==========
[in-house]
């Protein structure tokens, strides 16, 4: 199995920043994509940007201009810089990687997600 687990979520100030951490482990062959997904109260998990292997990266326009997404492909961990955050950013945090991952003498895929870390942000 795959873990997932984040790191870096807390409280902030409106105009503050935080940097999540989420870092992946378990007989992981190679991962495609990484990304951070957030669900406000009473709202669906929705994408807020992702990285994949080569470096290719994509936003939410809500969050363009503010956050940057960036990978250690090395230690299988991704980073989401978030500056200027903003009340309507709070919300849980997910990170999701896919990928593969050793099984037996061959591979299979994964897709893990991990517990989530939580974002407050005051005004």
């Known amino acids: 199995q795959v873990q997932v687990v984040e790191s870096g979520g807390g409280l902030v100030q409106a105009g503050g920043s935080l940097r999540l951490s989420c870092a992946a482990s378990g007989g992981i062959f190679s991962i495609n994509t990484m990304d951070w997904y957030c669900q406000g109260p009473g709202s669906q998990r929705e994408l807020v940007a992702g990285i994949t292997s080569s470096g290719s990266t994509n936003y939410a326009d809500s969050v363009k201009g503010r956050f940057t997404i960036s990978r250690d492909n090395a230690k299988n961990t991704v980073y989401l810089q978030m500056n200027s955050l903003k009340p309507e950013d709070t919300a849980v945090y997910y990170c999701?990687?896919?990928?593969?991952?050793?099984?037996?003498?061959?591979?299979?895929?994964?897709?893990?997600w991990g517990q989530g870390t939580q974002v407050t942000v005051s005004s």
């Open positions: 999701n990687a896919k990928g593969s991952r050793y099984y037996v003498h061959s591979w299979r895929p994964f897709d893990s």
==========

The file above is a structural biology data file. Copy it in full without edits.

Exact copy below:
[in-house]
């Protein structure tokens, strides 16, 4: 199995920043994509940007201009810089990687997600 687990979520100030951490482990062959997904109260998990292997990266326009997404492909961990955050950013945090991952003498895929870390942000 795959873990997932984040790191870096807390409280902030409106105009503050935080940097999540989420870092992946378990007989992981190679991962495609990484990304951070957030669900406000009473709202669906929705994408807020992702990285994949080569470096290719994509936003939410809500969050363009503010956050940057960036990978250690090395230690299988991704980073989401978030500056200027903003009340309507709070919300849980997910990170999701896919990928593969050793099984037996061959591979299979994964897709893990991990517990989530939580974002407050005051005004």
């Known amino acids: 199995q795959v873990q997932v687990v984040e790191s870096g979520g807390g409280l902030v100030q409106a105009g503050g920043s935080l940097r999540l951490s989420c870092a992946a482990s378990g007989g992981i062959f190679s991962i495609n994509t990484m990304d951070w997904y957030c669900q406000g109260p009473g709202s669906q998990r929705e994408l807020v940007a992702g990285i994949t292997s080569s470096g290719s990266t994509n936003y939410a326009d809500s969050v363009k201009g503010r956050f940057t997404i960036s990978r250690d492909n090395a230690k299988n961990t991704v980073y989401l810089q978030m500056n200027s955050l903003k009340p309507e950013d709070t919300a849980v945090y997910y990170c999701?990687?896919?990928?593969?991952?050793?099984?037996?003498?061959?591979?299979?895929?994964?897709?893990?997600w991990g517990q989530g870390t939580q974002v407050t942000v005051s005004s």
């Open positions: 999701n990687a896919k990928g593969s991952r050793y099984y037996v003498h061959s591979w299979r895929p994964f897709d893990s």